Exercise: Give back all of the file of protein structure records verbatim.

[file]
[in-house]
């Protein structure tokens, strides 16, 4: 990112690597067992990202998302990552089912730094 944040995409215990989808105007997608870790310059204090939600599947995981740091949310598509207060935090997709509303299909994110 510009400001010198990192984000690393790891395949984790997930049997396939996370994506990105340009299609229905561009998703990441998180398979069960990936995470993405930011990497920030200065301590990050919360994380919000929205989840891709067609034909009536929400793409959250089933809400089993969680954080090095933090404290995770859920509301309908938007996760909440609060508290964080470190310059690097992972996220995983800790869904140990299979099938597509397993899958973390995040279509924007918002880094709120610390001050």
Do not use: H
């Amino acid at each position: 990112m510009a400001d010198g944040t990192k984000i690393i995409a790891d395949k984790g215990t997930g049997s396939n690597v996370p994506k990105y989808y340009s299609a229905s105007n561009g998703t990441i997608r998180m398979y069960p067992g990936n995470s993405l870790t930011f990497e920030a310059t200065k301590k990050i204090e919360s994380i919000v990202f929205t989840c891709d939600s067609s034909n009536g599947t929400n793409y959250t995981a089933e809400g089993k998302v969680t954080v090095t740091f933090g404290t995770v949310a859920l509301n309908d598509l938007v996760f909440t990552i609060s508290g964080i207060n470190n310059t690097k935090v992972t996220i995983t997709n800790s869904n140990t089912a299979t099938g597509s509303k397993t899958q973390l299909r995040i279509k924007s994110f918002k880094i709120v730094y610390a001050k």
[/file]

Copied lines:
[in-house]
């Protein structure tokens, strides 16, 4: 990112690597067992990202998302990552089912730094 944040995409215990989808105007997608870790310059204090939600599947995981740091949310598509207060935090997709509303299909994110 510009400001010198990192984000690393790891395949984790997930049997396939996370994506990105340009299609229905561009998703990441998180398979069960990936995470993405930011990497920030200065301590990050919360994380919000929205989840891709067609034909009536929400793409959250089933809400089993969680954080090095933090404290995770859920509301309908938007996760909440609060508290964080470190310059690097992972996220995983800790869904140990299979099938597509397993899958973390995040279509924007918002880094709120610390001050």
Do not use: H
């Amino acid at each position: 990112m510009a400001d010198g944040t990192k984000i690393i995409a790891d395949k984790g215990t997930g049997s396939n690597v996370p994506k990105y989808y340009s299609a229905s105007n561009g998703t990441i997608r998180m398979y069960p067992g990936n995470s993405l870790t930011f990497e920030a310059t200065k301590k990050i204090e919360s994380i919000v990202f929205t989840c891709d939600s067609s034909n009536g599947t929400n793409y959250t995981a089933e809400g089993k998302v969680t954080v090095t740091f933090g404290t995770v949310a859920l509301n309908d598509l938007v996760f909440t990552i609060s508290g964080i207060n470190n310059t690097k935090v992972t996220i995983t997709n800790s869904n140990t089912a299979t099938g597509s509303k397993t899958q973390l299909r995040i279509k924007s994110f918002k880094i709120v730094y610390a001050k």